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My Experiences with ECG Courses

Posted on 4/17/2020 9:44:13 PM by Anousha Qureshi

Some of my favorite classes at Cabrini have been ECG courses. Engagements with the Common Good (ECG) courses are required and an integral component of the University’s core curriculum. These courses are writing-intensive, help to strengthen critical and analytical thinking, while also introducing students to the University’s social justice and service mission. 

There are three course levels, a 100, 200, and 300 level. ECG 100 focuses on an individual’s identity as it relates to society and other communities. For example, you will discover your role not only in your immediate communities but beyond that (class, gender, race, nation, etc). ECG 200 focuses on service. In alignment with Cabrini’s history and personal mission, you will take part in service opportunities, and learn more about the injustices that plague our world. ECG 300 is geared towards advocacy. You will be required to engage in some sort of advocacy and realize your true potential as an informed and active citizen of the world. 

ECG courses are so valuable. Not only will they strengthen your writing and critical thinking skills, but you will learn more about what you can do to foster positive change in the world. I am currently taking ECG 300: Immigration, Law, Social Justice (which has been my favorite class so far), and as I reflect on all ECG courses that I have taken, I thought it would be a good idea to share my experiences in each class. 

ECG 100: Reacting to the Past 
I took this course during my first semester at Cabrini and it was one of the most amazing academic experiences for me. This class is structured differently than other ECG (and Cabrini) courses. It’s focused on role-playing in a historical context. I played two different reacting games during my semester. Each game I played a non-fictional character from two major historical events: The Women’s Suffrage Movement and the Mexican Revolution. The class structure was primarily focused on discussion and debate, and was mostly student-run. There were opposing sides and we had to debate, prepare and present speeches, and vote on various topics each day of class. In the Mexican Revolution, we also had assassinations and other political crimes. The only regret I have is that I did not participate enough. I have always been a reserved and quiet student, so the class structure was new and unfamiliar and I only spoke a few times. My advice, be active in this class! It will only improve your public speaking skills, which are necessary for all majors.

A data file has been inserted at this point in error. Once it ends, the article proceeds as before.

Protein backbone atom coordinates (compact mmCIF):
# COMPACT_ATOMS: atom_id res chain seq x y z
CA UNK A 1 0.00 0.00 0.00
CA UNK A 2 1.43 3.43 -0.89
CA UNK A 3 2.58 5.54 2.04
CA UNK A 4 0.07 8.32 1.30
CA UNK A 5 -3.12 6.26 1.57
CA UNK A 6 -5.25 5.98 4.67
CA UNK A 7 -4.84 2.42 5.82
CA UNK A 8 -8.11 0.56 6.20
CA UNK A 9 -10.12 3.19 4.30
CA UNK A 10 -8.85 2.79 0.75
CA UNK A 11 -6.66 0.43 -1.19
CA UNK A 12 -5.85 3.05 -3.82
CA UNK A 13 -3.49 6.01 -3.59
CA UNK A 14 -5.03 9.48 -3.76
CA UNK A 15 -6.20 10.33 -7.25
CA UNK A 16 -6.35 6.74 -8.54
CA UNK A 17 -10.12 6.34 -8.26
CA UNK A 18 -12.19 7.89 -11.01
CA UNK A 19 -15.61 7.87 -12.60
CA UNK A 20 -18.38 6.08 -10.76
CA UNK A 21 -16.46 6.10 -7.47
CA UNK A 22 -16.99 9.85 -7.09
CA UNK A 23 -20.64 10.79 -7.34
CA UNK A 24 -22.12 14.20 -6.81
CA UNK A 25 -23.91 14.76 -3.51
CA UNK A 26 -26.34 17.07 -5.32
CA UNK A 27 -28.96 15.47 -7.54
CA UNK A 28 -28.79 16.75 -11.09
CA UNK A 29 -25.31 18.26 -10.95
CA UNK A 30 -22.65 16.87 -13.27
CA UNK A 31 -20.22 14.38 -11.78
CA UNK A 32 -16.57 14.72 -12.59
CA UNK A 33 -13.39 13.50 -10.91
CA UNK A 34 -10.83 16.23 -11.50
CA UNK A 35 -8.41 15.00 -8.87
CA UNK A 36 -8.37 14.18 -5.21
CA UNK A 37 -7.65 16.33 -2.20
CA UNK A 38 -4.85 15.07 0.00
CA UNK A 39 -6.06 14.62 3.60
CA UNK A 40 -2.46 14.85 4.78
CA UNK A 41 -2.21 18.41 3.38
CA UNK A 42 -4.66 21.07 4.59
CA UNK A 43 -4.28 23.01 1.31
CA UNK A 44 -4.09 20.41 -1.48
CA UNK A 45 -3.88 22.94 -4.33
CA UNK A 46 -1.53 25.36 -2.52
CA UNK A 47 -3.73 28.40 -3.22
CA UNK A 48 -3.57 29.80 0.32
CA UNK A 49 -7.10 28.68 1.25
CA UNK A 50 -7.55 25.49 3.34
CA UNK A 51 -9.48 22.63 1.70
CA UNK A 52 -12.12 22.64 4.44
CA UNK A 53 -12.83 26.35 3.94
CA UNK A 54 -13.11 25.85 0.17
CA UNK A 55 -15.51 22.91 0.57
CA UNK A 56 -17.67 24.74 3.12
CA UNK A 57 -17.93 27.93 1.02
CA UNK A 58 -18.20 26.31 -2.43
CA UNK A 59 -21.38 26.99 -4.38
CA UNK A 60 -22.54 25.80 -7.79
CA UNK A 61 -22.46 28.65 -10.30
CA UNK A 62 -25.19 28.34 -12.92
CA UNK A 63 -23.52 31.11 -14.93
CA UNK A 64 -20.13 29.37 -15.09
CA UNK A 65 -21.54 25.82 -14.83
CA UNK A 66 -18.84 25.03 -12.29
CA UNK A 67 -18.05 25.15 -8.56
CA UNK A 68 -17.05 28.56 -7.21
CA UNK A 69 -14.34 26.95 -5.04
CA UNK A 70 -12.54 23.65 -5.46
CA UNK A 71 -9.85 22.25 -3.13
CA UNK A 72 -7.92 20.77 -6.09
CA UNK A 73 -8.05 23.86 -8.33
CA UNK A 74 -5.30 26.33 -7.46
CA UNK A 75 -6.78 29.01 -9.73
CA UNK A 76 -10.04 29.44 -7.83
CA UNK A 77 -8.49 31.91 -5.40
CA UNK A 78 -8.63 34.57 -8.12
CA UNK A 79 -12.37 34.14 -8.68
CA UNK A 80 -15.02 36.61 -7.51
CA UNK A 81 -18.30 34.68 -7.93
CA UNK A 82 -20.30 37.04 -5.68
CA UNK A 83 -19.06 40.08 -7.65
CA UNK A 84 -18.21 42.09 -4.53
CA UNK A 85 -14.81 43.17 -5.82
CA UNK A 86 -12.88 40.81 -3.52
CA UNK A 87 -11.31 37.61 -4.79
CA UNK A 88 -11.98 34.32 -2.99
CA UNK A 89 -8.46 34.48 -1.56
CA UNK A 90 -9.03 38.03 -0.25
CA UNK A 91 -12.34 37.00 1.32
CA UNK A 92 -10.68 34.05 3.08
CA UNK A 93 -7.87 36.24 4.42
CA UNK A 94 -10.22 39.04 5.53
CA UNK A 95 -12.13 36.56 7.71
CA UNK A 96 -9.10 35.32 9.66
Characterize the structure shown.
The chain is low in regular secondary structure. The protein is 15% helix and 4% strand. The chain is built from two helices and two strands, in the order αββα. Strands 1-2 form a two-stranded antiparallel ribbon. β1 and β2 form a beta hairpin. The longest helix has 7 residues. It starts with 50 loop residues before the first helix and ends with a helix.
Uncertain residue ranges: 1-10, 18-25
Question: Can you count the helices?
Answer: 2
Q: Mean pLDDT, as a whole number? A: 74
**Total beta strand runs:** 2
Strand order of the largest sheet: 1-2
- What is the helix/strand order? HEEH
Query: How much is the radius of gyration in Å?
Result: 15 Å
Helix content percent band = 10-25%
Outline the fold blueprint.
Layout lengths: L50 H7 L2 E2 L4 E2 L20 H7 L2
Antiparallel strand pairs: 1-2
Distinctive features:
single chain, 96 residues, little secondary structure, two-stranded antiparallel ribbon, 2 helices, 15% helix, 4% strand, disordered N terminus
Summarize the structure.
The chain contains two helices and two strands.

ECG 200: Democracy and Diversity
This class was also based on discussion and participation, but the professor had a more active role. The conversations were extremely valuable and even at times, controversial (but necessary). We had philosophical discussions on political ideas and theories, democracy, the importance of diversity, and civic engagement and responsibilities. We also took part in service opportunities. We spoke and attended meetings in Mount Pleasant, a nearby community. At the end of the semester, we celebrated by having dinner with our professor and the woman who helped organize the community meetings for us. For one of my assignments, I researched human trafficking and was shocked to learn about its prevalence in the United States. This course greatly impacted my own beliefs and values. 

ECG 300: Immigration, Law, Social Justice.
This has been my favorite class so far. I truly believe that this is one of the most important courses Cabrini has to offer for any student. This course is focused on the U.S. immigration system and its impact on people in the United States or coming to the United States. I thought the class would be too political and controversial, but I was wrong. It is completely unbiased and non-political and is an honest review of the current immigration system and policies. This was truly one of the most eye-opening classes for me. Unlike the previous ECG courses (or any other), I actively participated in class discussions. With the shift to online instruction, we meet through Blackboard Collaboration virtually and continue with our discussions. For this class, we were required to do advocacy in Washington D.C. for fair immigration policies, however, now we are using social media for advocacy.